Looking for inspiration for the "food appreciation" classes I teach at a private elementary school here in the District of Columbia, I need have searched no farther than my own front yard.
There I have 15 different varieties of lettuce at the peak of Spring growth. All different colors. All different shapes.
But I was plagued with some doubts. Would the kids, who range in age from 4 to 13, eat my salad?
Naturally, there had to be more to this lesson that just throwing a bunch of lettuce in a bowl. I incorporated a quiz (we've been rehearsing for several weeks) about what, exactly constitutes a spring vegetable that might also be a candidate for our salad.
In other words, what would you put in your salad?
Tomatoes were a popular choice. We had to fudge a little on tomatoes, since they really aren't in season until at least July.
Nope, I said. Not till summer.
Nope, not till summer.
Now that's more like it.
So what I brought to put in the salad were, in addition to four different kinds of lettuce in a variety of colors, and the aforementioned carrots, were:
The skill sets we'd be working on were not entirely new, but excellent to practice: peeling, grating, slicing.
Classes were divided into teams. Vegetable washing, peeling, grating and slicing commenced.
I'm happy to say that all of the kids in my classes are by now fairly comfortable with knives and graters, although the younger ones still need to be watched. Turns out they do an excellent job with a little guidance. Consistency of slicing still needs some work.
After all the vegetables were prepped, the kids took turns tossing them in a large bowl. Then on to something entirely new for them, a classic vinaigrette.
Nothing fancy. This is a lesson, after all, not a competition. Just a dollop of mustard, juice from half an orange, a squirt of white wine vinegar (But I don't drink wine! one of the boys lamented), a little salt, pepper, some sugar. Then for the really important part--incorporating the extra-virgin olive oil.
I explained what an emulsion is, how oil doesn't like to mix with water (or vinegar), how you have to start with just a tiny drizzle of olive oil and beat it really well until the liquid starts to shine. The mustard helps bind everything together. Once that's done, you can add lots more olive oil and continue beating really well until what you have in the bowl thickens and looks like salad dressing.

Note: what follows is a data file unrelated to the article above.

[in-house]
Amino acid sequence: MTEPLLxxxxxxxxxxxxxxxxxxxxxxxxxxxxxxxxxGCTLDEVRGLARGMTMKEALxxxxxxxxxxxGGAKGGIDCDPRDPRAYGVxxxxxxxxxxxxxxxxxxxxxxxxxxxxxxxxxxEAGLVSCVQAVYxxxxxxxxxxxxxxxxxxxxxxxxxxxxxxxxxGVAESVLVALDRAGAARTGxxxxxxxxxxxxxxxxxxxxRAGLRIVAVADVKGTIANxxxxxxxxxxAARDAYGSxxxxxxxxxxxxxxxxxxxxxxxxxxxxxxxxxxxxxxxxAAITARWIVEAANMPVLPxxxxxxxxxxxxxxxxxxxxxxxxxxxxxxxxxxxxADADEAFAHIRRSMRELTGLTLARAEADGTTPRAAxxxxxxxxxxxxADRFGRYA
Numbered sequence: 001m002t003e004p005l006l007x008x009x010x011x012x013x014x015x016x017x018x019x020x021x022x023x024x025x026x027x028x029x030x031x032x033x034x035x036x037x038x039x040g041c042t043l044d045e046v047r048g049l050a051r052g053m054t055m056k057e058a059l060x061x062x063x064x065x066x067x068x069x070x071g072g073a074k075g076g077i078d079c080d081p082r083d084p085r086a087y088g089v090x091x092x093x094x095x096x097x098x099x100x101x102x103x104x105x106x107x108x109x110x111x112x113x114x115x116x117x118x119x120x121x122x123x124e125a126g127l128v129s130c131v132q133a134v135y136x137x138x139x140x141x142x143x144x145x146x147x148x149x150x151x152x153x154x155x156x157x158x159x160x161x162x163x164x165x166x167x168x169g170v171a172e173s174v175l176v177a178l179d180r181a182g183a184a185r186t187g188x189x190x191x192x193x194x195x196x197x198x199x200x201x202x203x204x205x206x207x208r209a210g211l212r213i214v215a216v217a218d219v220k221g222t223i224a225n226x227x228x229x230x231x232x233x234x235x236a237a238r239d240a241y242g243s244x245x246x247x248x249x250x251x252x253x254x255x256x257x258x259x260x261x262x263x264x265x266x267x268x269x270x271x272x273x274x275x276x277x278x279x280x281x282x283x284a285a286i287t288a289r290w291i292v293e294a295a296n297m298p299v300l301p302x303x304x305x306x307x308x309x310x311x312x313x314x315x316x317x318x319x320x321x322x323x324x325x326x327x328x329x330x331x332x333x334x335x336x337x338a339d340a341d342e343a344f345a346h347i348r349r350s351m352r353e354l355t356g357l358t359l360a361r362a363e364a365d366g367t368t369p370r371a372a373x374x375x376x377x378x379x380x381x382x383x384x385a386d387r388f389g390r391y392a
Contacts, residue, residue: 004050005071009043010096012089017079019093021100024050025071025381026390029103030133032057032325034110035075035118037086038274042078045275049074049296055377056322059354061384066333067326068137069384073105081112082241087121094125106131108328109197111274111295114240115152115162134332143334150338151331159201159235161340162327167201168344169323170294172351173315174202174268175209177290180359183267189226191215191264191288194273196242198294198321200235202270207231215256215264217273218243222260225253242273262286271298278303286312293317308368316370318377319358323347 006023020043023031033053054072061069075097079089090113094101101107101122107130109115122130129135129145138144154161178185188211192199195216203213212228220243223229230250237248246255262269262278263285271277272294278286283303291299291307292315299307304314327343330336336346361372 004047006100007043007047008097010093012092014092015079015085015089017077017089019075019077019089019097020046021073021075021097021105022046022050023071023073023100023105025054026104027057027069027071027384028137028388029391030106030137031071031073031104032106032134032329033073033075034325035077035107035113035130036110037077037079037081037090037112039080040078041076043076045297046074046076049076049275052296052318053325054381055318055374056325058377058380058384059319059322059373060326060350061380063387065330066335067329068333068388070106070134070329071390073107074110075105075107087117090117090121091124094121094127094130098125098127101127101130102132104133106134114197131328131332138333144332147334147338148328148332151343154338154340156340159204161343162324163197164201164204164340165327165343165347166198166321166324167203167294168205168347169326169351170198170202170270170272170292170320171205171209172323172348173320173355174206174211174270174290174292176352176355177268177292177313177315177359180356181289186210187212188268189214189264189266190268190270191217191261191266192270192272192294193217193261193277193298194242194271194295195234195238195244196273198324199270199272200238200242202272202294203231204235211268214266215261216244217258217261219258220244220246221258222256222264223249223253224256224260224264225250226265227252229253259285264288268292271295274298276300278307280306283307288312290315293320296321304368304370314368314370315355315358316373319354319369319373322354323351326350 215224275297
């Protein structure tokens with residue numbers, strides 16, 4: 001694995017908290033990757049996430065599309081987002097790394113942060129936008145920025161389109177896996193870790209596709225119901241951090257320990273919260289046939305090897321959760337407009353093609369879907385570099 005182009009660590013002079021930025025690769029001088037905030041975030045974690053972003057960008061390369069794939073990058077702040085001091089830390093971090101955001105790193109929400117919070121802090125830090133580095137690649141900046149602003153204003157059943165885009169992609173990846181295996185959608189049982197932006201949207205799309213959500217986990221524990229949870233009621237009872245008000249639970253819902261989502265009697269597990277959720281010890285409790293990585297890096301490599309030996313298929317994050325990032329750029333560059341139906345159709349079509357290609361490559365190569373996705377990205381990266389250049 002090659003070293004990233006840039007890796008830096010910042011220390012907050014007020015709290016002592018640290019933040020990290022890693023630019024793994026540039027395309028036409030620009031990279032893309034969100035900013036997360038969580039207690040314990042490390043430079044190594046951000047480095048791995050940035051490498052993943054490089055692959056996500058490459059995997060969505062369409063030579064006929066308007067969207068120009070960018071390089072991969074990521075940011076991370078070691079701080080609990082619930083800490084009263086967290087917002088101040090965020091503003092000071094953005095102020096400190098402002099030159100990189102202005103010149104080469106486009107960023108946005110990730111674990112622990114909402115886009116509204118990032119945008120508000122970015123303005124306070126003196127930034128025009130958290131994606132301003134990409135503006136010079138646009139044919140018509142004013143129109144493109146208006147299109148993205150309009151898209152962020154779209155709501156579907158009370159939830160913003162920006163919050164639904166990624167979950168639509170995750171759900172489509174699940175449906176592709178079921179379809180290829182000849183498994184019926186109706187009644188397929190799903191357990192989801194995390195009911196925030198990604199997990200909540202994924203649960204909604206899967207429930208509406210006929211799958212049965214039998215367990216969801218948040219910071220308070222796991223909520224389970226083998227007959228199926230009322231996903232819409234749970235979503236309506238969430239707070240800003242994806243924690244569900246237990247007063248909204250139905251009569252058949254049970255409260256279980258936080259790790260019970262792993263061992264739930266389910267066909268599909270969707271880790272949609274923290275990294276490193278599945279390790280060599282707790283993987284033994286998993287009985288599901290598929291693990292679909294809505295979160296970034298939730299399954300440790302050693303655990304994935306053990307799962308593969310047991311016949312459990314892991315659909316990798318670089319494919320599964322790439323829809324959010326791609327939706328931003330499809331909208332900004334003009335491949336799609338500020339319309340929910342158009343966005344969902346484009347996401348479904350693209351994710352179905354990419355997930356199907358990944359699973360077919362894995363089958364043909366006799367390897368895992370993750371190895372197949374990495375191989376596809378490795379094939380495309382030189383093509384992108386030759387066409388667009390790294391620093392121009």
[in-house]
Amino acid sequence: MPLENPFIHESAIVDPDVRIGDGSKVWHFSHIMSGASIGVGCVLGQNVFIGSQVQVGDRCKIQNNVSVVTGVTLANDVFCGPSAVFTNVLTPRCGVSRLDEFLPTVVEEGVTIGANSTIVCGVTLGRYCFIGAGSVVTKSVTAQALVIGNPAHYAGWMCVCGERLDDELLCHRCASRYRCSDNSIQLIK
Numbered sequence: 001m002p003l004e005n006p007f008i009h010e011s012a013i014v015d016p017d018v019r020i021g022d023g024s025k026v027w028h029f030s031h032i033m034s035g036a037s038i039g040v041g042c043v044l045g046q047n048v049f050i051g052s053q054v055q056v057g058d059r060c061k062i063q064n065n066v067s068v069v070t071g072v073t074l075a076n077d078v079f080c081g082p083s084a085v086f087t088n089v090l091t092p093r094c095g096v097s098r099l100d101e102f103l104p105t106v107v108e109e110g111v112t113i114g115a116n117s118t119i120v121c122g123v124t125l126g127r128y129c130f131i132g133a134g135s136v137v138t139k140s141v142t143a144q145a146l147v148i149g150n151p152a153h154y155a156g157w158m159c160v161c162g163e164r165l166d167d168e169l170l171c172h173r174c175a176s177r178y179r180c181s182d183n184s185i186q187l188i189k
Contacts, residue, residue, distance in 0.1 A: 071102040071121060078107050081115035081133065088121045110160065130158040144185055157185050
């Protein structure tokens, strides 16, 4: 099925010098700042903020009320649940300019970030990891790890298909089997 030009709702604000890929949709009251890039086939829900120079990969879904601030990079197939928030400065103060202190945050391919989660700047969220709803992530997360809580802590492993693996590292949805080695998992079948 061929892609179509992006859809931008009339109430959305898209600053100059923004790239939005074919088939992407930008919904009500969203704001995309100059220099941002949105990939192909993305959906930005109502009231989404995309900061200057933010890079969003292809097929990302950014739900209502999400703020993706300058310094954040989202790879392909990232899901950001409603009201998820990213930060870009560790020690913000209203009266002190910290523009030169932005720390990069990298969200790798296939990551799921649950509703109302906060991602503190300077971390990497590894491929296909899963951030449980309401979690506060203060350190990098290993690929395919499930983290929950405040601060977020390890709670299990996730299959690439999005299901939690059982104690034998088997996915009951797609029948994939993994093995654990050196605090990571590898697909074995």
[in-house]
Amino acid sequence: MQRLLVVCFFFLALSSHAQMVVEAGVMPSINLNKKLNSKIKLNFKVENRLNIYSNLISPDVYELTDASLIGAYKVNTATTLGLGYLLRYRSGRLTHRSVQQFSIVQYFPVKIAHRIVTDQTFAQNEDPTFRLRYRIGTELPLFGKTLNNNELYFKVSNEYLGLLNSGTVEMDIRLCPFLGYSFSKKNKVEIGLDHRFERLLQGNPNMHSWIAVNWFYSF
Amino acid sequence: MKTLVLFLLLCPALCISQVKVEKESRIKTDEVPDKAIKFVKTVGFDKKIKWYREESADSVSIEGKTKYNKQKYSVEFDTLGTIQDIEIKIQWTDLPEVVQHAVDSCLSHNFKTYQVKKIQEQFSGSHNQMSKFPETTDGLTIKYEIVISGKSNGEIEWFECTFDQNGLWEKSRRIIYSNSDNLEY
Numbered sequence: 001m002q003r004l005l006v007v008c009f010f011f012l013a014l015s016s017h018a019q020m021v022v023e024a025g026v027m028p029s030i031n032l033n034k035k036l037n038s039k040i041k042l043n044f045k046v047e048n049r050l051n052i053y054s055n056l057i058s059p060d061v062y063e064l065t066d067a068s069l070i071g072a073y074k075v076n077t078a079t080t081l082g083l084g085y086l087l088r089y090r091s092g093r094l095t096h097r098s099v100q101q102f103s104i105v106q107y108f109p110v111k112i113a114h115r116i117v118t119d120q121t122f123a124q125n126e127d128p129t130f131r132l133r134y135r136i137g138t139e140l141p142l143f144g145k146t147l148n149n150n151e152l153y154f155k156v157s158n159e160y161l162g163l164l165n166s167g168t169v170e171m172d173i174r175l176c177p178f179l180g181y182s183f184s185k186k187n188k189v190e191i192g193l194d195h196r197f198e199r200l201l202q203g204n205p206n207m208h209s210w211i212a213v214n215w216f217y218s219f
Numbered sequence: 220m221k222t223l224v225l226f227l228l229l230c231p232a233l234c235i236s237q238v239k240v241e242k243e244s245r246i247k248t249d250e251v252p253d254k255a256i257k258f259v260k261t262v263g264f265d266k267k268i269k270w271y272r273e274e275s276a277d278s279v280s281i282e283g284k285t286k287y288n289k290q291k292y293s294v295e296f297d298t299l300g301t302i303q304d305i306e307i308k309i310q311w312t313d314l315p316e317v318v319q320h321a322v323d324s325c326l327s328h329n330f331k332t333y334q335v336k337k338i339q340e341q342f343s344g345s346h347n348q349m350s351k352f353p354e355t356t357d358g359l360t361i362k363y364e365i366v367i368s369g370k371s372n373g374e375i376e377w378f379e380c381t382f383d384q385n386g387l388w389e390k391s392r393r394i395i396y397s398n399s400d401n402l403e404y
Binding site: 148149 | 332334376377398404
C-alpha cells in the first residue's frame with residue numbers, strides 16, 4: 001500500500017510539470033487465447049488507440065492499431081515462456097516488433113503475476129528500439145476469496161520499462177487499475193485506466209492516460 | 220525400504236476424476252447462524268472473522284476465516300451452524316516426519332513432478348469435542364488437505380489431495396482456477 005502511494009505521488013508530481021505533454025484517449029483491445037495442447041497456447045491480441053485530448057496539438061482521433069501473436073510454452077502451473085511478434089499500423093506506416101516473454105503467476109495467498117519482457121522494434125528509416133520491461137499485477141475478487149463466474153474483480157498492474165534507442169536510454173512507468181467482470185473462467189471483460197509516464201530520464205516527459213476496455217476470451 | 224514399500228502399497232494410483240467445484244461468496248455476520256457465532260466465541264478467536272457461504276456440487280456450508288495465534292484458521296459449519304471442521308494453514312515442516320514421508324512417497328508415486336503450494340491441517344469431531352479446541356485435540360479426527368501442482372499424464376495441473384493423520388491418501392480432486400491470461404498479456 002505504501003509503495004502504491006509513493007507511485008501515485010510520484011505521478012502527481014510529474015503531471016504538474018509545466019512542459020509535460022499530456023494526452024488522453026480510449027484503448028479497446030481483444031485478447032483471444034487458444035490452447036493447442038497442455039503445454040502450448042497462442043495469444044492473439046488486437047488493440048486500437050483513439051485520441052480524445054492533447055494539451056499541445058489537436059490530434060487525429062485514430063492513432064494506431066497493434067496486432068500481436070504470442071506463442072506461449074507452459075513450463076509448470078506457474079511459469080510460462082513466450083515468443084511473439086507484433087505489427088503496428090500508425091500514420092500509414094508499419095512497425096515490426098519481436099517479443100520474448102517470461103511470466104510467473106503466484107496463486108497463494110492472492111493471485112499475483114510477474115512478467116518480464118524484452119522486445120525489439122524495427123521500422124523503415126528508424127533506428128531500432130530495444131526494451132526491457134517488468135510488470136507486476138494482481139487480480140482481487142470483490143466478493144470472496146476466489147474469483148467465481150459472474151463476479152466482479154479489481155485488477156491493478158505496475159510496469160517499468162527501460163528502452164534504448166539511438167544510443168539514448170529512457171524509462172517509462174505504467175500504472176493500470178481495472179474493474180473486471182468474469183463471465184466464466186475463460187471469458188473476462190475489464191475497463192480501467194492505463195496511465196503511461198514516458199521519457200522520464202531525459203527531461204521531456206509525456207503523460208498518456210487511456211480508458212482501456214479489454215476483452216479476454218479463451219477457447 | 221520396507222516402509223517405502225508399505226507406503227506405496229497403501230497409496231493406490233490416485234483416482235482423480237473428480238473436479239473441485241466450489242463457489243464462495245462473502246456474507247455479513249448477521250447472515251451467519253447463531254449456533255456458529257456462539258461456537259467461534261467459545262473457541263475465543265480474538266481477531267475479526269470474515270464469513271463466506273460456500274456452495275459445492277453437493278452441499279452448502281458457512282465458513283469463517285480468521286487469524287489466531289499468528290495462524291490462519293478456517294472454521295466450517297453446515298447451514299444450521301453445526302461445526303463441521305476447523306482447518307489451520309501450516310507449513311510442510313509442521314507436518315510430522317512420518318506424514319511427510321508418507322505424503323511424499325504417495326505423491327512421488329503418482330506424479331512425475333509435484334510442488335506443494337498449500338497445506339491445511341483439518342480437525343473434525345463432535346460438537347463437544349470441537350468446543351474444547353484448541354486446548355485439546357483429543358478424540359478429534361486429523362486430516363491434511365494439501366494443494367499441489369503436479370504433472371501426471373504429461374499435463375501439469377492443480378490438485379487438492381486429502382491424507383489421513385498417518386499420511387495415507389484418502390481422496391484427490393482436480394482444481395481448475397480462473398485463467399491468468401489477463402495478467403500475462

Everyone got a plastic spoon, tasted, and made suggestions for adjusting the seasonings.
Too much salt!
I don't like mustard!
Ewwww! What's goat cheese?
I was so pleased at how the kids then proceeded to gobble up their salad (only one 5-yeaer-old boy declined) that I decided to try this on my daughter at home. Surely she would gobble up her salad as well, right?
Well, she leaped at the chance to grate carrots and cut radishes. She buzzed right through the Vidalia onion. She was a little frustrated by the red cabbage (This is too hard for me...). Then, as I started to make the dressing, she began to complain.
"I don't like tomatoes!" she whined. "I don't like onion! I don't like mustard! I want pasta!"
It was the usual dinnertime struggle. And no amount of me saying how much the kids at school liked the very same salad made an ounce of difference. We were back to the same old argument.
"No dessert if you don't eat salad!"
We sound just like our own parents...
So I admire Charlotte at the Great Big Vegetable Challenge blog even more for tackling this kids vs. vegetables thing. What I'm thinking, though, is that it may not be so much the vegetables as the parent-child dynamic.
The kids at school eat their vegetables with hardly any complaints. There, I'm just the teacher. But as soon as it comes to our own daughter, the fighting starts. At home I'm The Dad, The Foil, The Adversary...
I'm starting to think it's more about a 7-year-old trying to establish her own territory than it is about food. Vegetables are not so much a food substance to be negotiated over as a trigger for the inevitable, generational power struggle.
What do you think?